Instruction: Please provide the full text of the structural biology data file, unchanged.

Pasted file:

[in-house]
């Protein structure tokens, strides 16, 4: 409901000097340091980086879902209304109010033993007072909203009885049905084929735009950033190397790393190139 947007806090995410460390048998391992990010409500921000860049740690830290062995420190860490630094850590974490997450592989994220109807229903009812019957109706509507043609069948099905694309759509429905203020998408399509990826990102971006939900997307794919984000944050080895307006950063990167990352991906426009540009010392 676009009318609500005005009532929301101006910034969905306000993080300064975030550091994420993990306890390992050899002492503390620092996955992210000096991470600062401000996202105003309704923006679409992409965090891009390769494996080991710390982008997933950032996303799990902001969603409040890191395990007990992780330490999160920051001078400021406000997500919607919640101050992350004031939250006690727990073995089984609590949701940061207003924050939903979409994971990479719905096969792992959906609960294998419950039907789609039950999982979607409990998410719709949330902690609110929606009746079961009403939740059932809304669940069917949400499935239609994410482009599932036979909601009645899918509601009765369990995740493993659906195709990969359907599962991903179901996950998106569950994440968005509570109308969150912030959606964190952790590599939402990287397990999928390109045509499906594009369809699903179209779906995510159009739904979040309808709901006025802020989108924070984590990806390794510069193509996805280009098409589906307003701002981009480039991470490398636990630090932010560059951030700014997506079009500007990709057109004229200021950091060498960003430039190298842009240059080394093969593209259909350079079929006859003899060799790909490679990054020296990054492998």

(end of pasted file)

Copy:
[in-house]
């Protein structure tokens, strides 16, 4: 409901000097340091980086879902209304109010033993007072909203009885049905084929735009950033190397790393190139 947007806090995410460390048998391992990010409500921000860049740690830290062995420190860490630094850590974490997450592989994220109807229903009812019957109706509507043609069948099905694309759509429905203020998408399509990826990102971006939900997307794919984000944050080895307006950063990167990352991906426009540009010392 676009009318609500005005009532929301101006910034969905306000993080300064975030550091994420993990306890390992050899002492503390620092996955992210000096991470600062401000996202105003309704923006679409992409965090891009390769494996080991710390982008997933950032996303799990902001969603409040890191395990007990992780330490999160920051001078400021406000997500919607919640101050992350004031939250006690727990073995089984609590949701940061207003924050939903979409994971990479719905096969792992959906609960294998419950039907789609039950999982979607409990998410719709949330902690609110929606009746079961009403939740059932809304669940069917949400499935239609994410482009599932036979909601009645899918509601009765369990995740493993659906195709990969359907599962991903179901996950998106569950994440968005509570109308969150912030959606964190952790590599939402990287397990999928390109045509499906594009369809699903179209779906995510159009739904979040309808709901006025802020989108924070984590990806390794510069193509996805280009098409589906307003701002981009480039991470490398636990630090932010560059951030700014997506079009500007990709057109004229200021950091060498960003430039190298842009240059080394093969593209259909350079079929006859003899060799790909490679990054020296990054492998």